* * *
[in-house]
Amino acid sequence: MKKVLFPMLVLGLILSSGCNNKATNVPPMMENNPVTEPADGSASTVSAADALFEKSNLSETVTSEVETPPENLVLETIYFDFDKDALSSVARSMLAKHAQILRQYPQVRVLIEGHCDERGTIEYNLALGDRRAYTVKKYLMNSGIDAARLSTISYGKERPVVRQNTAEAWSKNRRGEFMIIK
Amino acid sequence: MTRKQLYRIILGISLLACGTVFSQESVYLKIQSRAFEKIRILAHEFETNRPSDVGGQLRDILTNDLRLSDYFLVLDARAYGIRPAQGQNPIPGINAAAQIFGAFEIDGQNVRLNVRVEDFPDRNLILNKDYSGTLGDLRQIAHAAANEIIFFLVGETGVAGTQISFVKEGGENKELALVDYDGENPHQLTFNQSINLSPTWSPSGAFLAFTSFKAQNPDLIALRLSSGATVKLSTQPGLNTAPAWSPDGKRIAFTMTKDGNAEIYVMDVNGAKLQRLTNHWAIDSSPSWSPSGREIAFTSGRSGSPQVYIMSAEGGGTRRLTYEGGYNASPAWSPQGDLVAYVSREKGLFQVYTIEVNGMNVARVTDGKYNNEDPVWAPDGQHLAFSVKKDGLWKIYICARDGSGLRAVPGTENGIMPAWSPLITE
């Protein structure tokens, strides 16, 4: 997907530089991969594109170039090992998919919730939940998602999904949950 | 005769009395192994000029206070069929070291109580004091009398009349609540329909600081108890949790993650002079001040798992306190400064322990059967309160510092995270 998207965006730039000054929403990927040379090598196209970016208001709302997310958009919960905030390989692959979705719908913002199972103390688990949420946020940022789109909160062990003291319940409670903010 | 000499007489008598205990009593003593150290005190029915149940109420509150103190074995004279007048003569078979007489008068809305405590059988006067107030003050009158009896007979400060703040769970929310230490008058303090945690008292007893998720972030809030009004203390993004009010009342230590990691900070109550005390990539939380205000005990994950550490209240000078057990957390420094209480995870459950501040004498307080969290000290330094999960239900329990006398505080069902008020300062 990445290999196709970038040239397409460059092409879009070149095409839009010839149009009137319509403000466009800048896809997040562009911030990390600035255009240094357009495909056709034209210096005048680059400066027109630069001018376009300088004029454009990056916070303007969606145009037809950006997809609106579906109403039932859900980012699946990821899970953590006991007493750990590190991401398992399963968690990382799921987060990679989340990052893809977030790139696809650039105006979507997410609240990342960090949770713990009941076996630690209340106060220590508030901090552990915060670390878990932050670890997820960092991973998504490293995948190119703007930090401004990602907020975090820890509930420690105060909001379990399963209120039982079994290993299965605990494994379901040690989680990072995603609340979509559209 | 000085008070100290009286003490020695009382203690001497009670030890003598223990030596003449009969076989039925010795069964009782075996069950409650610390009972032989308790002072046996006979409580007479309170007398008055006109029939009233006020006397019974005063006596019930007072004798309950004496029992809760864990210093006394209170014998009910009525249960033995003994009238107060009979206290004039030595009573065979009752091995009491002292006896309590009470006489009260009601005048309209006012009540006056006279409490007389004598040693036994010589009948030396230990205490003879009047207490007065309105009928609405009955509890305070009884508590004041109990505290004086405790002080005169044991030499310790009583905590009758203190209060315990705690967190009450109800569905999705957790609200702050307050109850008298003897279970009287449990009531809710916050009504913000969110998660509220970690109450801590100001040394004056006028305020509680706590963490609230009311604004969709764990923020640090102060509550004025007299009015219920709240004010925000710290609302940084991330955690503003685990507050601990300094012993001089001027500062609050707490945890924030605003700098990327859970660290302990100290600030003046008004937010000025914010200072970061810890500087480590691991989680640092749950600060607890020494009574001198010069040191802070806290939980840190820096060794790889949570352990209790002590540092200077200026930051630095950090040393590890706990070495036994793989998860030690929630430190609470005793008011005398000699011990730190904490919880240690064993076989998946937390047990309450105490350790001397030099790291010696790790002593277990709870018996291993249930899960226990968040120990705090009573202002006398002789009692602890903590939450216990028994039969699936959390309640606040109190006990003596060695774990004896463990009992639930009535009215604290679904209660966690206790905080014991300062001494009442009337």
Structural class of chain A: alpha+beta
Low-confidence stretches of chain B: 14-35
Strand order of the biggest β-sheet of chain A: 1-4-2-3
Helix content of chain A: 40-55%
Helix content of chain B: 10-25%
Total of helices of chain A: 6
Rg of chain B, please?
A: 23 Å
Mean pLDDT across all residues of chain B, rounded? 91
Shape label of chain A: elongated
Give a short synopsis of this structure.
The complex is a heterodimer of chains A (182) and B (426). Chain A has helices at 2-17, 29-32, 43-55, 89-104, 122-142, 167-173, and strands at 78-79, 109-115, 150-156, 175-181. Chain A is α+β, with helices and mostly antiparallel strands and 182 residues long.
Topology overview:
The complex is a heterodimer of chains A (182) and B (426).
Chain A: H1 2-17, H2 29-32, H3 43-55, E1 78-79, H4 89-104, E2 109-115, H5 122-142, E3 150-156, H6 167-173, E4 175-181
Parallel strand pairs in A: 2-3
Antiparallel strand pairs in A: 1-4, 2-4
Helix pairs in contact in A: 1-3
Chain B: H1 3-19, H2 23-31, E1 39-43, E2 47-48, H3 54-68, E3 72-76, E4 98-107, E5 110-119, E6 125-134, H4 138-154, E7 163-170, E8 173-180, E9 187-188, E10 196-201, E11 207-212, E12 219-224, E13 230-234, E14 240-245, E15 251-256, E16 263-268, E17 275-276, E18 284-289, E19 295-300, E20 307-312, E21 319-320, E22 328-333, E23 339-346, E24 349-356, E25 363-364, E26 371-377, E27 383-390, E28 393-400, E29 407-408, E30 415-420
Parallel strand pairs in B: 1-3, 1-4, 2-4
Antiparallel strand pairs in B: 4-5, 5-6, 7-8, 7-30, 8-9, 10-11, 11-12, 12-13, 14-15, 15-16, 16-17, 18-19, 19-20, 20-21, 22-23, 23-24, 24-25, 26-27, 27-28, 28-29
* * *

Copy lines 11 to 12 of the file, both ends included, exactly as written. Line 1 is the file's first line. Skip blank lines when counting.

Rg of chain B, please?
A: 23 Å